No. Branford rejects budget in nonbinding referendum

By Rachael Scarborough King, Register Staff
May 14, 2008

NORTH BRANFORD — Voters rejected the Town Council’s recommended 2008-09 budget at a referendum Tuesday, but turnout was not high enough to make the vote binding.

The vote was 287-90, or 76 percent to 24 percent.

The annual referendum is advisory in nature if voter turnout is less than 15 percent. Total turnout was 377 voters, or 4 percent of the roughly 8,500 registered voters.

Out of the total vote opposing the $44 million budget, 284 people said the budget is too high, while three voted that it is too low. Ninety votes were cast accepting the budget.

The council approved the budget to send it on to referendum last month, and Mayor Mike Doody said he does not think the council will revisit the subject.

“That’s my own opinion; I don’t think that I’ll be asking to look at it again because I don’t think there’s any more we could cut without hurting services,” Doody said.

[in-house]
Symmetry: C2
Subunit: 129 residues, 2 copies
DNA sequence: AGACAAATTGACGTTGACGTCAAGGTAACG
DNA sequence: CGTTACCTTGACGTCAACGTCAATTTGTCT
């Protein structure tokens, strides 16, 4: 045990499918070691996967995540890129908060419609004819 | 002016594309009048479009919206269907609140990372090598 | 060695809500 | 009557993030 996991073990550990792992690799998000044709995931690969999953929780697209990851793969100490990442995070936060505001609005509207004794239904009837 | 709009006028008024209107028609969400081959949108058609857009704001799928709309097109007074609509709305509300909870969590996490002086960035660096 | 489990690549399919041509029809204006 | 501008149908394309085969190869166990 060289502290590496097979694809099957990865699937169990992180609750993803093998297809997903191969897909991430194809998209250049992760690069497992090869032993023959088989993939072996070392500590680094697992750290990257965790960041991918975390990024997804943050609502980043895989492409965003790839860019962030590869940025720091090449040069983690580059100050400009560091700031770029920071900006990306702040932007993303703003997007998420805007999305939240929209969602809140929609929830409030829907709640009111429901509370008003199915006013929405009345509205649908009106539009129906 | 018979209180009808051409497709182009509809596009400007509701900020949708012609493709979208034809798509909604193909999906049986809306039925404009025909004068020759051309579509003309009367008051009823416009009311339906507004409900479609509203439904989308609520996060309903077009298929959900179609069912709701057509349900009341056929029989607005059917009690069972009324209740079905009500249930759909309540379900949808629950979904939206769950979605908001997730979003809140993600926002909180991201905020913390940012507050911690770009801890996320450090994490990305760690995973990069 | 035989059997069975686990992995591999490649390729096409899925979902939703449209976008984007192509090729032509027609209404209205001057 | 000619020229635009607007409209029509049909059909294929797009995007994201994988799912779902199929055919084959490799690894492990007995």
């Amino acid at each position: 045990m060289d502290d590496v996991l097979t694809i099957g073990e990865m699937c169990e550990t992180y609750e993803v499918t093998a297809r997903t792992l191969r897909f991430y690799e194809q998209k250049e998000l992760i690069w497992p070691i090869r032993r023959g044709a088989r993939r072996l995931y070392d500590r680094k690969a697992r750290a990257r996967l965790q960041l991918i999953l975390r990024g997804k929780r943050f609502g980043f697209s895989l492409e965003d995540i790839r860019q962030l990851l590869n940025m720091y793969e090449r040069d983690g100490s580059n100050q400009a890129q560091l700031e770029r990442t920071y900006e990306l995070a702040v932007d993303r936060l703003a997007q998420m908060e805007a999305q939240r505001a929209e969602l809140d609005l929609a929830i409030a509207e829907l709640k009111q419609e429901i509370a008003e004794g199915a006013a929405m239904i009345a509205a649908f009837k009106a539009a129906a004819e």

The budget represents a 5.5 percent increase over fiscal 2007-08. It includes $11.8 million for town government and nearly $28.4 million for the Board of Education.

Doody said he thinks the council worked to recommend a budget with as few increases as possible.

“I think a lot of people are satisfied with the budget and that’s why a majority of people didn’t come out to vote,” he said. “I think the council worked well together to try to get the budget down as low as we could.”

The Board of Education is scheduled to discuss Thursday night where to find the $500,000 in cuts the Town Council included in the recommended budget. The school district requested a budget of $28.9 million, but the council approved $28.4 million.

Superintendent Robert Wolfe said the district will have to remove between five and eight positions in order to reduce its budget.

“There will definitely be a reduction of force,” Wolfe said.

But he added he understands the council’s decision and hopes there are no further reductions.

“These are difficult times,” he said. “While that ($500,000) was a large cut, we thought we could manage it — at least we thought we could maintain existing programs.”

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